For those who have been married for 15+ years, what is the key to a successful marriage?

I am about to be 31 years old and i am in a very serious relationship. We have already decided we want to marry each other, gone engagement ring shopping, and etc. However we are waiting for my guy to get his fianances right before he proposes. He is currently working on it. I don't want to get divorced, EVER. I know that you can't really control that. For you couples who are happily married, faithful, and not thinking of divorce, how did you keep your marriage happy? Why do you think a lot of marriages fail?


0|0
2|3

Most Helpful Guy

  • Im not married yet, but I have had a lot of relationships fail. I also know a lot of successful people who have been happily married over 20+ years! The main secret is you need to be willing to work things out. Our modern culture keeps telling people to "walk away" whenever things get tough. You had a few fights? Dont talk and resolve them, just walk away.

    0|0
    0|0

What Guys Said 2

  • I may be young and unmarried, but I can give you some good advice that worked for my mum's parents.

    Never go to sleep, until you have made it up, after having a row. Don't give each other the silence treatment. COMMUNICATE! Talk to each other about issues, problems, worries.

    2|0
    0|0
  • Yes. It's quite simple actually. The key is allowing buttsex and ass to mouth from time to time.
    Not every time but always have it as an option.

    0|0
    0|0

What Girls Said 2

  • Okay, first, I'm gna shoot straight here with ya, I see 2 red flags here.

    #1, "I know you can't really control that."
    Uh?
    I mean, I can't control the weather or the economy, but, last time I checked, I damn well COULD control whether I kept mah own promises, girl.
    Yr word is EVERYTHING. Without yr honor, what do you have, really?

    It's true that circumstances change, sometimes in dire ways. And, sometimes the situation gets so extreme that you can legitimately make the case that yr no longer married to the person you originally married.
    (For instance, if genuine abuse starts to happen -- if you didn't marry an abuser, but yr partner has become one -- then you aren't really breaking a promise by leaving, because that's not the same person anymore).

    But, short of something drastic like that... nope. Yr word is pretty much THE ONLY thing in life that you absolutely CAN control. And the fact that you would say something like that, right out of the gate, is actually pretty worrisome.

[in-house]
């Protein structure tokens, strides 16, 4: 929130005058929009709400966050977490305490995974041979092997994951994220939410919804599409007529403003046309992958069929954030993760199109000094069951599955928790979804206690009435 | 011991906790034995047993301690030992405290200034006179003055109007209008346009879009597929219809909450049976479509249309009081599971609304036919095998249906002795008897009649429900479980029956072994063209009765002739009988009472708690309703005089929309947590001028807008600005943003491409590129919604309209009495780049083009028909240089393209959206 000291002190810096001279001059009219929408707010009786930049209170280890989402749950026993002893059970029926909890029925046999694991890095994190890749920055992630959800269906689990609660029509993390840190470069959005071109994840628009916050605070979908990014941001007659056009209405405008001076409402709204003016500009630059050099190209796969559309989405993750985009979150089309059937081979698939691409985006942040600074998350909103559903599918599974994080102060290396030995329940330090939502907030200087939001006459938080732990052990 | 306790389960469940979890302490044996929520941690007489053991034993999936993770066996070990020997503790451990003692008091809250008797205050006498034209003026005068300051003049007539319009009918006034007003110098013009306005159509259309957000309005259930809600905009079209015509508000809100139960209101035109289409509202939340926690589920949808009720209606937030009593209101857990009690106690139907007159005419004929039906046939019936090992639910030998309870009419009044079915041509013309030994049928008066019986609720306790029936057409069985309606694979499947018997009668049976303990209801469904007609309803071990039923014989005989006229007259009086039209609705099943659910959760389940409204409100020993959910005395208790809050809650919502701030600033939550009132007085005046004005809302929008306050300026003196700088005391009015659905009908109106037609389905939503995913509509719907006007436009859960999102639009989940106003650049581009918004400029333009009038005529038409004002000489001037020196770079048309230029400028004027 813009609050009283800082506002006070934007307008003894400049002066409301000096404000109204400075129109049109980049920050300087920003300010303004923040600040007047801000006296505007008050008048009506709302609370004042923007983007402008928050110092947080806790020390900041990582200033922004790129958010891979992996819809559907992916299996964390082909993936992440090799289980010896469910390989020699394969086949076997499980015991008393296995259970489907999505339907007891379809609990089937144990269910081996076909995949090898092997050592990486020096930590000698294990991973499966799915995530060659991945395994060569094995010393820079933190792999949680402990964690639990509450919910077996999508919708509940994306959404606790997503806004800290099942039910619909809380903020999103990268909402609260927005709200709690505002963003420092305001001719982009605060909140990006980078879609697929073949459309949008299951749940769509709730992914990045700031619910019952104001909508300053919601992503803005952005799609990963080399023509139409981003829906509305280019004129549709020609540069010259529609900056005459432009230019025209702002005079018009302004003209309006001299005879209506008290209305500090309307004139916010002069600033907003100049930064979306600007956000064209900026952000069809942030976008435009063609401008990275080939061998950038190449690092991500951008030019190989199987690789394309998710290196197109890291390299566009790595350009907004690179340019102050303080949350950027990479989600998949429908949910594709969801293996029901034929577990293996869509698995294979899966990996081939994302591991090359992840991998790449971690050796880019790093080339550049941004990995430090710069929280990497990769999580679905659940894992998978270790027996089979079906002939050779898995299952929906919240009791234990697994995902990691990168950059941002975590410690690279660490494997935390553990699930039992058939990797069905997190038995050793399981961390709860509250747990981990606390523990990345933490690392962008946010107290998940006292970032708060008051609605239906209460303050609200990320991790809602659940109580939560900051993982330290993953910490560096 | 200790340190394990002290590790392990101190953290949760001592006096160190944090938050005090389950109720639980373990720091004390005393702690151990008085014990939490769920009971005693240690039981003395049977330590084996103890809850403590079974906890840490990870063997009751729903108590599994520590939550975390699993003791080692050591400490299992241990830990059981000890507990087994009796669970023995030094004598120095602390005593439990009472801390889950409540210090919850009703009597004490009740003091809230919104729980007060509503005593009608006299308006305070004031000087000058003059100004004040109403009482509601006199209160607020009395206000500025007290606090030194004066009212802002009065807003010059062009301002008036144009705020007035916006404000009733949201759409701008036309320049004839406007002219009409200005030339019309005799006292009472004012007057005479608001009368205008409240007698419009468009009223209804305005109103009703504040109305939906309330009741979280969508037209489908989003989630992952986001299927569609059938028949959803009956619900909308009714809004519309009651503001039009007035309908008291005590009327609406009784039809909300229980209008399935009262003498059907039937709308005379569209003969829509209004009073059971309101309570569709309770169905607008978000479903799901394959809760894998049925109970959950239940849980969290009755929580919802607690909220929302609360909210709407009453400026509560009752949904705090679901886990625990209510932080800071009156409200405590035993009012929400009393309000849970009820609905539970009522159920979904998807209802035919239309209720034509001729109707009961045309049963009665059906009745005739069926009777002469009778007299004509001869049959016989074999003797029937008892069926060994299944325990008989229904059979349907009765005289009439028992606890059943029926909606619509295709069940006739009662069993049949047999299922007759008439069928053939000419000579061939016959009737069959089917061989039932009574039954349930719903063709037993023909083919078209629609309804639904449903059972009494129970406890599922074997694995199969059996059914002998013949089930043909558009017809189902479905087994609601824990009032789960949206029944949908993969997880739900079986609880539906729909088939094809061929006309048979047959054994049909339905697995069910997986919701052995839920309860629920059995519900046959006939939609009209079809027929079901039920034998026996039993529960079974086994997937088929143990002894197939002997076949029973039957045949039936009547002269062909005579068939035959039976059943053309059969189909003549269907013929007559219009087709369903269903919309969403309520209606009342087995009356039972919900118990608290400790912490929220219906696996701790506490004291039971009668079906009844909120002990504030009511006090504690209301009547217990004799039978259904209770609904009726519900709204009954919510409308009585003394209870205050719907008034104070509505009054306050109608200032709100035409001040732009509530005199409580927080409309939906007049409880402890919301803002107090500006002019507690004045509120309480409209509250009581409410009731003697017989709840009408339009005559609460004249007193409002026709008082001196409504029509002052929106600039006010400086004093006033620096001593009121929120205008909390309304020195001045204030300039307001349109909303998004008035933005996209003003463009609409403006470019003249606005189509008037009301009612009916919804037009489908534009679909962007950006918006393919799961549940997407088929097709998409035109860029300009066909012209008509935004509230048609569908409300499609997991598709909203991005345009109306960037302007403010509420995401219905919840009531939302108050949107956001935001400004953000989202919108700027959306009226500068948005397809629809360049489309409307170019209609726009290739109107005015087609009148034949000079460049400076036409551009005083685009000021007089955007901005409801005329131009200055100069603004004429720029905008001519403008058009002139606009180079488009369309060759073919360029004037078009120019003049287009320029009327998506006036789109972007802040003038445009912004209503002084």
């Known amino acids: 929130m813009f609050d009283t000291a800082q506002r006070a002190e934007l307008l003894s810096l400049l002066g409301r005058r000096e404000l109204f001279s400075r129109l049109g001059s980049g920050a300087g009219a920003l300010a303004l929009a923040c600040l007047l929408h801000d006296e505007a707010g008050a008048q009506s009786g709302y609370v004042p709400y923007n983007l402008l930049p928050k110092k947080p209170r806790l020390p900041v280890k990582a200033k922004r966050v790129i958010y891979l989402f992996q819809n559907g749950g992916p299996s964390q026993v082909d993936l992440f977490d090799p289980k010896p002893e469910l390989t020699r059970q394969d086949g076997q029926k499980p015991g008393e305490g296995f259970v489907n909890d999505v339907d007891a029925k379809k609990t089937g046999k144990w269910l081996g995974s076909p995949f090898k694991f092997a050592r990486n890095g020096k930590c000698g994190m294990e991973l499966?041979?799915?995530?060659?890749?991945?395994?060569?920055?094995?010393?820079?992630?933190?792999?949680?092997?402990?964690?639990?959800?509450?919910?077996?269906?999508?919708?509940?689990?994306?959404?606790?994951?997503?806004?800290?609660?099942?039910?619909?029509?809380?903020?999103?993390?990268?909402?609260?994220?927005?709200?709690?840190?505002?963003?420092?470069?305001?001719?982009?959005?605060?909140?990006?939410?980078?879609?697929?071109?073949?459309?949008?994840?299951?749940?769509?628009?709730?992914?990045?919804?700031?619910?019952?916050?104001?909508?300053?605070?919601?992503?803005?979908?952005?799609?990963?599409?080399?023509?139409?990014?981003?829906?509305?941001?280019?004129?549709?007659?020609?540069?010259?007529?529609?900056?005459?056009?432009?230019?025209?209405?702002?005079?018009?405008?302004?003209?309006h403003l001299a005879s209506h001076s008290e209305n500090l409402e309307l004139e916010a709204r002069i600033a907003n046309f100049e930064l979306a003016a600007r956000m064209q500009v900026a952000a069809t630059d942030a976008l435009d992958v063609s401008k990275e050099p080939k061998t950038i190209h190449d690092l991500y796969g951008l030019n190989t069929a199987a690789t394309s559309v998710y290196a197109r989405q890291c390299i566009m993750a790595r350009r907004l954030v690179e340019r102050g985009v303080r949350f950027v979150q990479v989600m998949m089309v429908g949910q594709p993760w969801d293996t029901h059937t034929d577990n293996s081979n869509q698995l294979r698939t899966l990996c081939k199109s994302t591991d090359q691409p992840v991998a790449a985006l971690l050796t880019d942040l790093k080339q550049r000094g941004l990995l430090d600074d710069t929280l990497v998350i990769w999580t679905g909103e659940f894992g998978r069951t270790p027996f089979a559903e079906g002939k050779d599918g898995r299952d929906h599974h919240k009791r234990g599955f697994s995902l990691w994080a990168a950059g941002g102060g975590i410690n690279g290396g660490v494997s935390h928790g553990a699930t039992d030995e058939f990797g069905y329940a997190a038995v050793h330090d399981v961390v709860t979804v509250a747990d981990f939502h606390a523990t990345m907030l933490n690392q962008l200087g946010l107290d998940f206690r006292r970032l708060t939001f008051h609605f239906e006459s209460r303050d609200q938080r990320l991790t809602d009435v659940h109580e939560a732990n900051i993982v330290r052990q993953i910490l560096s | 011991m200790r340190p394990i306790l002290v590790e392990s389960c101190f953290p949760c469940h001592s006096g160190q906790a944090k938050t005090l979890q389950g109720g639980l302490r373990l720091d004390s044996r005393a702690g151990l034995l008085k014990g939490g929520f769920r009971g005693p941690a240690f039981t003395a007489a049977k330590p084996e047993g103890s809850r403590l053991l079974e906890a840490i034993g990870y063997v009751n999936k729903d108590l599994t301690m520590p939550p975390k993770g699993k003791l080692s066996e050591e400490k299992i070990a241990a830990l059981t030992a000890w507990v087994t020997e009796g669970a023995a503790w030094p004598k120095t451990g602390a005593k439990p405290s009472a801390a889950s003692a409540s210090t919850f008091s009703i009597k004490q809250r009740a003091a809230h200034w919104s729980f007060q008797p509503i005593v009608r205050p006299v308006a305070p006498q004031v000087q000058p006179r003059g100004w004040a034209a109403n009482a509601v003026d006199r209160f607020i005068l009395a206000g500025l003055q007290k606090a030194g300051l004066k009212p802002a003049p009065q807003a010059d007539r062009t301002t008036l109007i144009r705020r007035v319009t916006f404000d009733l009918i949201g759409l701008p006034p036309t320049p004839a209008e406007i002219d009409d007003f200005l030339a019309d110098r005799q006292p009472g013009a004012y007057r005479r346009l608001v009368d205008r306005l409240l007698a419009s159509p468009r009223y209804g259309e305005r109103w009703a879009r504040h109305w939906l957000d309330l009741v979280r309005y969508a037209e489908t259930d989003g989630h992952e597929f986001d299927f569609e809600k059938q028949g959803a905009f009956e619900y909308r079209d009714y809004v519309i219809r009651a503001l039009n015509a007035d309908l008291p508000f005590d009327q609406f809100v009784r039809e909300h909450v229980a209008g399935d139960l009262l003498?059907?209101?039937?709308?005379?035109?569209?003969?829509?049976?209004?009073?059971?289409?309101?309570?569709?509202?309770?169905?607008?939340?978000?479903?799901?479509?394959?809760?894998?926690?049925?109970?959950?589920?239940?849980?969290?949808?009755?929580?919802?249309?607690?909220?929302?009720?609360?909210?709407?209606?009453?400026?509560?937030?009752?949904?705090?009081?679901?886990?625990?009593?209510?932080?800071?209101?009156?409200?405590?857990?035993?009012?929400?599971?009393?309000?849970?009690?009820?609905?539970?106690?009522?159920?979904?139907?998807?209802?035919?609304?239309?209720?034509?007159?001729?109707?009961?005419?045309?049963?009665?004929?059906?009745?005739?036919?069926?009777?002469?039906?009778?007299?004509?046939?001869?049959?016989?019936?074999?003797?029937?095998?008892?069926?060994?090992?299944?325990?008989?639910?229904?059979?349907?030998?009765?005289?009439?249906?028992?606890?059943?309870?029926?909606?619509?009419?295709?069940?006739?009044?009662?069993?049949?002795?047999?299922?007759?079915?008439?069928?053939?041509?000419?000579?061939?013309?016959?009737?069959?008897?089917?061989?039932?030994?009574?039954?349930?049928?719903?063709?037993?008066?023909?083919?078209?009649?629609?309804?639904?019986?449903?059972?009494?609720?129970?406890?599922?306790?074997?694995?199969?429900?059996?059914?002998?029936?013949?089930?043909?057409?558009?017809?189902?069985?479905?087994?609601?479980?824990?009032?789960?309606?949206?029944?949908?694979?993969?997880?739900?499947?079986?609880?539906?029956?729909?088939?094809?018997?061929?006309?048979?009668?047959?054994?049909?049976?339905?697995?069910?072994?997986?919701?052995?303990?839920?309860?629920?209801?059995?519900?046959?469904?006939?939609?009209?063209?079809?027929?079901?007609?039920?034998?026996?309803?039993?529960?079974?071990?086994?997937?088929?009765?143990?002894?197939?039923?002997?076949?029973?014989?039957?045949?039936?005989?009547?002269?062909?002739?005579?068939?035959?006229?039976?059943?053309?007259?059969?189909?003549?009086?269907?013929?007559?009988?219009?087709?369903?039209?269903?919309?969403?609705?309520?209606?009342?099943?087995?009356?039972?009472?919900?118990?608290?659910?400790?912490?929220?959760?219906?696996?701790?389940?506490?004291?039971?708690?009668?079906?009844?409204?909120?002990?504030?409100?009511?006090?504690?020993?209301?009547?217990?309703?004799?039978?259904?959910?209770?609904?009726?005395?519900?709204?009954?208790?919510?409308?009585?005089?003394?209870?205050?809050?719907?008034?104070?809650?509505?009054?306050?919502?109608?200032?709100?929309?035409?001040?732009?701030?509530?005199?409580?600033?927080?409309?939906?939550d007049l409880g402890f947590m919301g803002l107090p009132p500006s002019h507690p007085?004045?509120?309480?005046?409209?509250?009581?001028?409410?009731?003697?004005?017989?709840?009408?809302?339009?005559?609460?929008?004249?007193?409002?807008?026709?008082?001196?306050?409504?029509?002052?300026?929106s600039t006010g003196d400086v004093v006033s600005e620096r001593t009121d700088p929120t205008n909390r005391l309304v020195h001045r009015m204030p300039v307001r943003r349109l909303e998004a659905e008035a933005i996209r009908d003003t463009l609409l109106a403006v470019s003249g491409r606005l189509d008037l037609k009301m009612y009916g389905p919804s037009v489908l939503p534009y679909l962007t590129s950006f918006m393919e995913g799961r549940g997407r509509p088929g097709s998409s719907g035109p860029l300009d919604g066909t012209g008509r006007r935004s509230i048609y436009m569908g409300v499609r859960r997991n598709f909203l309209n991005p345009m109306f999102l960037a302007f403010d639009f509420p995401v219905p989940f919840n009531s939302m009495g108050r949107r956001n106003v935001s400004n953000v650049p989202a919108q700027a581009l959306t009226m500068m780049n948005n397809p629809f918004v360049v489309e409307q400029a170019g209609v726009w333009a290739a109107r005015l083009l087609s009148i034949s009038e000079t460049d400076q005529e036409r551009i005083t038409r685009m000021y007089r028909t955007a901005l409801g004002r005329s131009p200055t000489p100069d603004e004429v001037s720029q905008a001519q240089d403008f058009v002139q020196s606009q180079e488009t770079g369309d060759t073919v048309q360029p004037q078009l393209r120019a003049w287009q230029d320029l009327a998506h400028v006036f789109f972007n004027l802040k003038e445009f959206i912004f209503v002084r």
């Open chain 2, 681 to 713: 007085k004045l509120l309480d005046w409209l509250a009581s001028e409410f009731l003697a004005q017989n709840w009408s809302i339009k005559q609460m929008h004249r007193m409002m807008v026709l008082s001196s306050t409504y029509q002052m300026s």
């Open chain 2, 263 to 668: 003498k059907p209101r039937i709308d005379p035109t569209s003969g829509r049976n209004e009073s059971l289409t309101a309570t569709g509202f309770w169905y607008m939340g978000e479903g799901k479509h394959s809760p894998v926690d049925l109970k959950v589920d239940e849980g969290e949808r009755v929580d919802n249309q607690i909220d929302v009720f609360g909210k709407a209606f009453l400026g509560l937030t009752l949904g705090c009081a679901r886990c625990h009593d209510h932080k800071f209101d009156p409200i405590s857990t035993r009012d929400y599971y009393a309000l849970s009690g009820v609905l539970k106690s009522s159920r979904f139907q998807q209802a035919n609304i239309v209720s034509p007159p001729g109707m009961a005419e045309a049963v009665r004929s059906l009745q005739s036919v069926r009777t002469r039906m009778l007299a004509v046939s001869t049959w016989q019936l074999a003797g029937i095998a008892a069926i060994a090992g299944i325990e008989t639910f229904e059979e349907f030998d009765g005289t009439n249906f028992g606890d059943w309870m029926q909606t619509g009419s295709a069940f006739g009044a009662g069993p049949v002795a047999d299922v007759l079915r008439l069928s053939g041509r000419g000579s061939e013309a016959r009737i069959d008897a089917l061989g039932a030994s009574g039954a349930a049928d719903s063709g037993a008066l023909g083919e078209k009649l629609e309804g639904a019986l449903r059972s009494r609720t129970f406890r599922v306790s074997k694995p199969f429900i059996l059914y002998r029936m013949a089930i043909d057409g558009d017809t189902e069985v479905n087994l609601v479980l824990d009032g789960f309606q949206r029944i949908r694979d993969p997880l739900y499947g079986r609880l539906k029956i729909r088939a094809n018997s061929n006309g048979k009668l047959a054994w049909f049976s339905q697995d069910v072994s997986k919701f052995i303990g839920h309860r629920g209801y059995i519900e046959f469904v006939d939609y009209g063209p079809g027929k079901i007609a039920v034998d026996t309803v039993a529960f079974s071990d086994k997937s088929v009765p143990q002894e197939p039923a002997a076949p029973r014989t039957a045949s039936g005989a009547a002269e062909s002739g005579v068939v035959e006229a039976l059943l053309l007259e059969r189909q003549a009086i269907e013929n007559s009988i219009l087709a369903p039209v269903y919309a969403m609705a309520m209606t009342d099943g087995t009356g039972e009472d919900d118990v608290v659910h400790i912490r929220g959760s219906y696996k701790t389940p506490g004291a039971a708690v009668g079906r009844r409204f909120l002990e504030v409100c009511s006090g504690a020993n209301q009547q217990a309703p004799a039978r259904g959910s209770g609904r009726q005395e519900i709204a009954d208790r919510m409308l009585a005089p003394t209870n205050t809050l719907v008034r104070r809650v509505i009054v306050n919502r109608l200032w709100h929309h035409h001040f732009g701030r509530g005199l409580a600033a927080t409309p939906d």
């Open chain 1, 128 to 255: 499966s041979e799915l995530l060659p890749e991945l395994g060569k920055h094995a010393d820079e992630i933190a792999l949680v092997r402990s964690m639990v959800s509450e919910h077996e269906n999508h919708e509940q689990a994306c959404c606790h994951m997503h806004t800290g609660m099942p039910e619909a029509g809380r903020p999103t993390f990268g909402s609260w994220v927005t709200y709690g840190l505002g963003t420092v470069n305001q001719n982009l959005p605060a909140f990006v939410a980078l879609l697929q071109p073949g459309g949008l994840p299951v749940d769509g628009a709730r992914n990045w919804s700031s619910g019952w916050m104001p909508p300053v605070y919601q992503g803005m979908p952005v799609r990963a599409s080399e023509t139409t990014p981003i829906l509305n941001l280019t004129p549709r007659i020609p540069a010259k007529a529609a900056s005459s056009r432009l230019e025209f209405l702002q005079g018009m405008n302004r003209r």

#2, "waiting for my guy to get his finances right before he proposes"
    Huh?
    The HELL do "finances" have to do with a PROPOSAL?
    I'm sorry, but, if I were yr partner in this situation, I would be very, very afraid of the disproportionate responsibilities that would eventually fall upon me in this relationship.
    I mean, I don't think "getting finances right" is even a good reason to delay marriage in the first place. Call me old-school, but, I like to think that part of a wife's job is to build her husband up and HELP him "get his finances right", if that's what he needs.
    But, that notwithstanding... srsly, the whole idea that a PROPOSAL is something that needs $$$$ is just plain stupid bullshit, and, I'm frankly afraid to even ask about the reasons why.

    __

    Okay, those are the red flags.

    My marriage has been 14 years and 11 months of pretty much perfection -- between two people who both had the attitude of "fuck marriage, i'ma go this world alone" before we met each other. I suppose that's one month short of yr 15-year requirement, but, I suppose we'll get there. (:

    The biggest key is communication, UP FRONT.
    What I mean by this, is that you notice little things that have the potential to become bigger problems, and you talk them out while they are still small problems. That way, you never get the chance to let them become bigger problems in the first place. (cont'd)

    0|0
    0|0
    • The second biggest key is to absolutely soak everything around you with POSITIVE memories and associtaions.

      See, the biggest problem, in long-term relationships, is that these big piles of resentment begin to build up -- because people allow them to build up. You know... things remind you of other things, which remind you of still other things, which remind you of... yeah, you get the picture.
      The secret is to make the same thing happen, but in the OPPOSITE direction.
      Always be building positive associations with things. Make it so that all of the things around you, and all of the furniture in yr house, and all of the words that you say all the time, remind you of pleasant memories. These can be of the sexual kind, or of the close-bonding kind, or of anything else.

      Lots of people are pretty good at doing this with their kids ("This reminds me of ___ when you were two!"), but just lousy at doing it with each other, even though the secret is basically the same.

    • Show All
    • well we are just two different women who are attracted to different things. That is fine. If you are happy, that is all that matters. I just would be miserable in that situation.

    • i completely agree about stopping small problems from growing into big problems' nip it in the bud.

  • I asked my mom once (she just celebrated their 31st anniversary). She told me to make sure I marry someone who I respect, and who has qualities that I admire.

    0|1
    0|0
    • I think we have those two things.

Loading...